The wireless industry has always had to deal with regular (and alarming) pronouncements that we're somehow running out of radio spectrum. We’re not. But the misconception regardless gives many IT and network managers pause. After all, if the availability, reliability and especially the capacity of wireless were to degrade to the point of a de-facto shortage, the situation would be dire for communications at the edges of both the LAN and WAN.
So let’s start putting to rest any conjecture regarding a spectrum shortage and focus on reality: Thanks to a combination of continual advances in wireless technologies, recent enhancements to spectrum regulatory policy, and novel thinking around spectrum allocation, we can be assured that a “spectrum shortage” is, and will remain, an abstract theoretical concept.
Understanding the concern: RF characteristics and limitations
We can always take advantage of more spectrum, but frequencies broadly applicable to radio communications (RF) represent only a tiny fraction of the overall electromagnetic spectrum, the regulated portion of which in the United States extends from 9 KHz. to 300 GHz. Despite the complexity inherent in building today’s wideband radios, advances in wireless communications technologies over the past three decades have been quite successful in boosting the availability, reliability, price/performance, and especially the throughput of deployed solutions – all the way to the gigabit+ speeds today featured in IEEE 802.11ax and (eventually) 5G.
The key to these achievements has centered on a variety of techniques that advance just one technical aspect of wireless communications: spectral efficiency. The improvement to spectral efficiency is determined by the number of bits successfully transferred per unit of time, bandwidth, and, in the case of increasingly applied multiple-input/multiple-output (MIMO) techniques, space as well.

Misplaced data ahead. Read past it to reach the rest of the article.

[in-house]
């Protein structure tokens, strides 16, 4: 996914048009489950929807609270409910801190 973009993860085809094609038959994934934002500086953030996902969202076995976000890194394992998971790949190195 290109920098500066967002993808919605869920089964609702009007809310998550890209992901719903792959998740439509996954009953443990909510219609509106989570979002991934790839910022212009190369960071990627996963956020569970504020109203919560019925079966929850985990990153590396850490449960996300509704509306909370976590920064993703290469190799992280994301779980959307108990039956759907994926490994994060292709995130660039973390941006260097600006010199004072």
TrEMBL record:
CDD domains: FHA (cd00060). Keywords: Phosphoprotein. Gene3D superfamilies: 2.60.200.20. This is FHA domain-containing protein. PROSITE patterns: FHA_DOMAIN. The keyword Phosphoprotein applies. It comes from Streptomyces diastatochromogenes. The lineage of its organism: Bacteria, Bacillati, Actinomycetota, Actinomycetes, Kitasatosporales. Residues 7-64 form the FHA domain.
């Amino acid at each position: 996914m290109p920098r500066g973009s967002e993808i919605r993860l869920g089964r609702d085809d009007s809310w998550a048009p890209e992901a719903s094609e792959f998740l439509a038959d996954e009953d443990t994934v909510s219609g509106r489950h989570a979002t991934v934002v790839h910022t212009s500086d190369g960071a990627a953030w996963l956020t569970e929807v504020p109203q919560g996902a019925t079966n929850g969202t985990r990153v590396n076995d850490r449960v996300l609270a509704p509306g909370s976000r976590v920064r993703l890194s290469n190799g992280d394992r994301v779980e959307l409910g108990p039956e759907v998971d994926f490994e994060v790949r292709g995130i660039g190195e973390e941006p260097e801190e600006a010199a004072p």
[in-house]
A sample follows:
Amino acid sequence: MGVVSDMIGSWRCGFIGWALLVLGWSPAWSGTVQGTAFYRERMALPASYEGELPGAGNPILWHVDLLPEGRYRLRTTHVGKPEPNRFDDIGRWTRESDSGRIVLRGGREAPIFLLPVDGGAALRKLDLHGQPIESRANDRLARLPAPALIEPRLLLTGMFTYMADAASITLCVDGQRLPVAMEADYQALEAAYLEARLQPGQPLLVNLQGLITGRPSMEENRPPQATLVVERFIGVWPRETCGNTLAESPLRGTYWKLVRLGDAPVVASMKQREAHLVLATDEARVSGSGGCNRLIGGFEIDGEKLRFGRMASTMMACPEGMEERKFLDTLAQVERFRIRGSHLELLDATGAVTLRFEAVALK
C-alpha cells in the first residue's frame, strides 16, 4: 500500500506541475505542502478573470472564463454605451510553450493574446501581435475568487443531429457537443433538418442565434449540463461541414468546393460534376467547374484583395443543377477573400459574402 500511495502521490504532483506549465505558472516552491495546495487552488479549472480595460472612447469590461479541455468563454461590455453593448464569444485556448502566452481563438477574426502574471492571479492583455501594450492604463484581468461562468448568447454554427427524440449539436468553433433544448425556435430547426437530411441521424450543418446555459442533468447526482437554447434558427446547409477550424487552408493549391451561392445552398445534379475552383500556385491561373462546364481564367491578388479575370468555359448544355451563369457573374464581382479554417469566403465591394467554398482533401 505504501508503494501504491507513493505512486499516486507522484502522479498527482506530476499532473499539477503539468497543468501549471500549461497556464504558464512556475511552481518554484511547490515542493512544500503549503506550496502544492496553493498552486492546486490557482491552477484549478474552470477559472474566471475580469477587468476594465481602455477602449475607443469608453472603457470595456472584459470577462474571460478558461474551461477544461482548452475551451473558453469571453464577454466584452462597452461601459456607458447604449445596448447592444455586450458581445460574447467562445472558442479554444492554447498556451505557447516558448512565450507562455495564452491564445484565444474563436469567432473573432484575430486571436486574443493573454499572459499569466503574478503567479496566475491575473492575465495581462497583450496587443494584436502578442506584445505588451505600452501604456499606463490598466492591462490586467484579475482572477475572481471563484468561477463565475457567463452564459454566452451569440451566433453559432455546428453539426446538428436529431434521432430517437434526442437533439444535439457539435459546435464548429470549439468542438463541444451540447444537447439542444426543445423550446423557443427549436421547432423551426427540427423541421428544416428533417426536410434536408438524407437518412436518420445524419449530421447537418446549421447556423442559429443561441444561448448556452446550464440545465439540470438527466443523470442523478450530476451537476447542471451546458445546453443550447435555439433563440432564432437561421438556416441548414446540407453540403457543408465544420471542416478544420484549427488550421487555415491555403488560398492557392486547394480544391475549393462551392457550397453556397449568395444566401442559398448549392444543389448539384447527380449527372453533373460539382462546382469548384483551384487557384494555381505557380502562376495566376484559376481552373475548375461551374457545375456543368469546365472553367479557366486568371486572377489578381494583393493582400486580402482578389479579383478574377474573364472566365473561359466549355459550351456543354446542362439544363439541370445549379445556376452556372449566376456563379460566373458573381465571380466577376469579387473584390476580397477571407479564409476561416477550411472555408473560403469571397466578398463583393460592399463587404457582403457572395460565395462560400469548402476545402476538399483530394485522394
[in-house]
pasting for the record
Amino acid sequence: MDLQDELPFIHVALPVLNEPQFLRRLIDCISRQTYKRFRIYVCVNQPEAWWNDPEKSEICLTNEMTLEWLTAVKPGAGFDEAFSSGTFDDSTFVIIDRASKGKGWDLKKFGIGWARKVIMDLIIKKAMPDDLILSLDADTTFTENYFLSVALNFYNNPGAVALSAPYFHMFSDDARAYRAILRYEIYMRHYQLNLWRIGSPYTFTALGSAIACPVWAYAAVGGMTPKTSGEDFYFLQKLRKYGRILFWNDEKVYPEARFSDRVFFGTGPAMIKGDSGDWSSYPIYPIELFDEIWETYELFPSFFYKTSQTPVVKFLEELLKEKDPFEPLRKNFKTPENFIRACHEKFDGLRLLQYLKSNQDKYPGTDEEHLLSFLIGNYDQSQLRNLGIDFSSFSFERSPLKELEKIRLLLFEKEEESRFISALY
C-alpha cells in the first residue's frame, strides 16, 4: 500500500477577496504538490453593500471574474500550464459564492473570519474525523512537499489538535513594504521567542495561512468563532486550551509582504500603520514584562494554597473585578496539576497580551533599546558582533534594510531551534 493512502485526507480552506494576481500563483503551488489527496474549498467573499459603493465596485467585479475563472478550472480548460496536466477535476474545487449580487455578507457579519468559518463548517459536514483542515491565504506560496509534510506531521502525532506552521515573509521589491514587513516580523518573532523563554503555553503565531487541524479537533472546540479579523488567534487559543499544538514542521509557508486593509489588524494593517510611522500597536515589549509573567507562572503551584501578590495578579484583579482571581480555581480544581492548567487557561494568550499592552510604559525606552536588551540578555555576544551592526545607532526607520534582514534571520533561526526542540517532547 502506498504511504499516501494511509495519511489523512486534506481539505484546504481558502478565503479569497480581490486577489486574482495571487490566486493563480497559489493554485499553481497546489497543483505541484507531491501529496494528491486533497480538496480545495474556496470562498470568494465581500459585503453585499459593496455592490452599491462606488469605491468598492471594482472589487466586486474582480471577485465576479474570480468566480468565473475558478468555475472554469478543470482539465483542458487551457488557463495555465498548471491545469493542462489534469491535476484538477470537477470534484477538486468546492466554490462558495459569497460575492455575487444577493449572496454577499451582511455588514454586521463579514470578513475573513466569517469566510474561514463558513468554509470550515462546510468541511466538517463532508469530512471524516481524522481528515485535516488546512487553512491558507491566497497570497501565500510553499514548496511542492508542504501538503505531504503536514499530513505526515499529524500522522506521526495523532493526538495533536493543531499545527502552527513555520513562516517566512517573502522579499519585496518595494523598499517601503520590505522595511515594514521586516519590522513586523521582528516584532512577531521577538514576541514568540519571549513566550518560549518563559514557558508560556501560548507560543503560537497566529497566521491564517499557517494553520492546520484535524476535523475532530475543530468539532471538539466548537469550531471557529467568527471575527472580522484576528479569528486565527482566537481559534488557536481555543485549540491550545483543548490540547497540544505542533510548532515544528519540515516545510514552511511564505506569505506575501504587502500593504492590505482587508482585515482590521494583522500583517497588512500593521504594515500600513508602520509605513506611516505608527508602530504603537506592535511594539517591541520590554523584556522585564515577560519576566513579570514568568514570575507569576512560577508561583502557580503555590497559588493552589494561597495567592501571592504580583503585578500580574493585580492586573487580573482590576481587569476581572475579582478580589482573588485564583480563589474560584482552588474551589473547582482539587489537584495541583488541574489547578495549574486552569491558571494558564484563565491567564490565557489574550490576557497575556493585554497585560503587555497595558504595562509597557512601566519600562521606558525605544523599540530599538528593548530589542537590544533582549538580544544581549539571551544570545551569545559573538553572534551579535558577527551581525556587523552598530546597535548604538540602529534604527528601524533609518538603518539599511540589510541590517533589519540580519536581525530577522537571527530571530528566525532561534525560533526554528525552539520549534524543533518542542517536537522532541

Among the most important advances in this area are: denser modulation schemes, such as 802.11ax’s 1024-QAM, which can encode 10 bits per Hertz; more efficient channel codes, which otherwise add (albeit necessary) overhead; higher-order MIMO, with, for example, up to eight transmitters and receivers specified in both 802.11ac and .11ax; and techniques like multi-user MIMO (MU-MIMO), beamforming, beamsteering, bandsteering (as a form of load balancing), and even a wide variety of newer upper-layer traffic-management capabilities based on real-time analytics, artificial intelligence (AI), and machine learning (ML).
Greater spectral efficiency, however, doesn’t eliminate a particularly challenging artifact of the unlicensed bands. With ever-increasing demand for Wi-Fi and other technologies operating in this spectrum, interference remains a legitimate concern. Contemporary RF spectrum management (RFSM), radio resource management (RRM) solutions, and applications of AI/ML can do a very good job of dealing with interference in many cases, by adjusting transmit power, channel assignment, and modulation and coding on the fly. A larger concern, however, is mutual interference from otherwise disjoint technologies operating simultaneously at a given frequency, such as that which can occur between Wi-Fi and unlicensed LTE or LTE-A. Local deployment policies coupled with RFSM and RRM techniques, however, can also aid in the mitigation of this otherwise very real concern.